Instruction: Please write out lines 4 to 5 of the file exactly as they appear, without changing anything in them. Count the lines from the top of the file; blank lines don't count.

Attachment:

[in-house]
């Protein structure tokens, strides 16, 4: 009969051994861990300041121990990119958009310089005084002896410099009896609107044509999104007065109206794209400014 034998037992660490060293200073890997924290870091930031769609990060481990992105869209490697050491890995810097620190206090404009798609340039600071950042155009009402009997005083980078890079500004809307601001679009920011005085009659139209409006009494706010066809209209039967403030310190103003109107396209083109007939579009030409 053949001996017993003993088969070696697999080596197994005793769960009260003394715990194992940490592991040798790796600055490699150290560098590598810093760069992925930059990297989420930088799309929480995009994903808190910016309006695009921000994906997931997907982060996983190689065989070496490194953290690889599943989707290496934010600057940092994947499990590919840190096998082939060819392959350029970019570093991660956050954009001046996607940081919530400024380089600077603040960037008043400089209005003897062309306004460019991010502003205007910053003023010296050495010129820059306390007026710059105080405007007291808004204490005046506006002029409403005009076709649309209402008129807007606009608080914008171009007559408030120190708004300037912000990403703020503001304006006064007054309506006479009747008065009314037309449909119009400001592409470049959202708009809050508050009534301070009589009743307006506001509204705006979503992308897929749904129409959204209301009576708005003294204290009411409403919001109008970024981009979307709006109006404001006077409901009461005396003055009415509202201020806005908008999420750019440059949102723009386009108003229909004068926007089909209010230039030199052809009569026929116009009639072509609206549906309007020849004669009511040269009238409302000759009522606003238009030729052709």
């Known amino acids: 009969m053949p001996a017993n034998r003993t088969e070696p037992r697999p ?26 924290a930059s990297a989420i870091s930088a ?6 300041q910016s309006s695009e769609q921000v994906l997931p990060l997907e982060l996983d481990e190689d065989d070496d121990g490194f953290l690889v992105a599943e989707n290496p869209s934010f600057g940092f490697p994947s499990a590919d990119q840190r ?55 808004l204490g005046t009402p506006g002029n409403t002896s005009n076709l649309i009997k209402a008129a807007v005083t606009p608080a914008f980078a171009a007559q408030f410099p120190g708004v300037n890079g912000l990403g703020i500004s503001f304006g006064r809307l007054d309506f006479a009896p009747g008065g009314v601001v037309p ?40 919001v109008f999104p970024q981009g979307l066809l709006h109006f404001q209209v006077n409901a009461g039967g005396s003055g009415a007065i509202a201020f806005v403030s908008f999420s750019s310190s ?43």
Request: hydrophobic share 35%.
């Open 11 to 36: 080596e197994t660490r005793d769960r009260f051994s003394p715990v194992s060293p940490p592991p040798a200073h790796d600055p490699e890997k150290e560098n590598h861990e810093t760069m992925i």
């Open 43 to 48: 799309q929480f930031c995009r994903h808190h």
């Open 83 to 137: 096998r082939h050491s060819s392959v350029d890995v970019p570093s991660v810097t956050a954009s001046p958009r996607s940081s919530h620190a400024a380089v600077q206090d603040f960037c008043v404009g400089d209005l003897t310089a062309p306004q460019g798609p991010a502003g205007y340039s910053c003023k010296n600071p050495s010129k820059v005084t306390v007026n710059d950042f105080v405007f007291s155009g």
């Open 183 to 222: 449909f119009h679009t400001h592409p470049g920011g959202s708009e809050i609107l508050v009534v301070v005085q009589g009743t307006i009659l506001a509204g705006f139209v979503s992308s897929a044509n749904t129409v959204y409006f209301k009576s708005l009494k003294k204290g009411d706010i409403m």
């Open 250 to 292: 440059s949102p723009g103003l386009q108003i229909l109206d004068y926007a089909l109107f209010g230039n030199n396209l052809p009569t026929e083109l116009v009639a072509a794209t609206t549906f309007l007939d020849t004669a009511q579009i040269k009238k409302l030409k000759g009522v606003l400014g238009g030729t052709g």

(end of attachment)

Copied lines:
Request: hydrophobic share 35%.
């Open 11 to 36: 080596e197994t660490r005793d769960r009260f051994s003394p715990v194992s060293p940490p592991p040798a200073h790796d600055p490699e890997k150290e560098n590598h861990e810093t760069m992925i």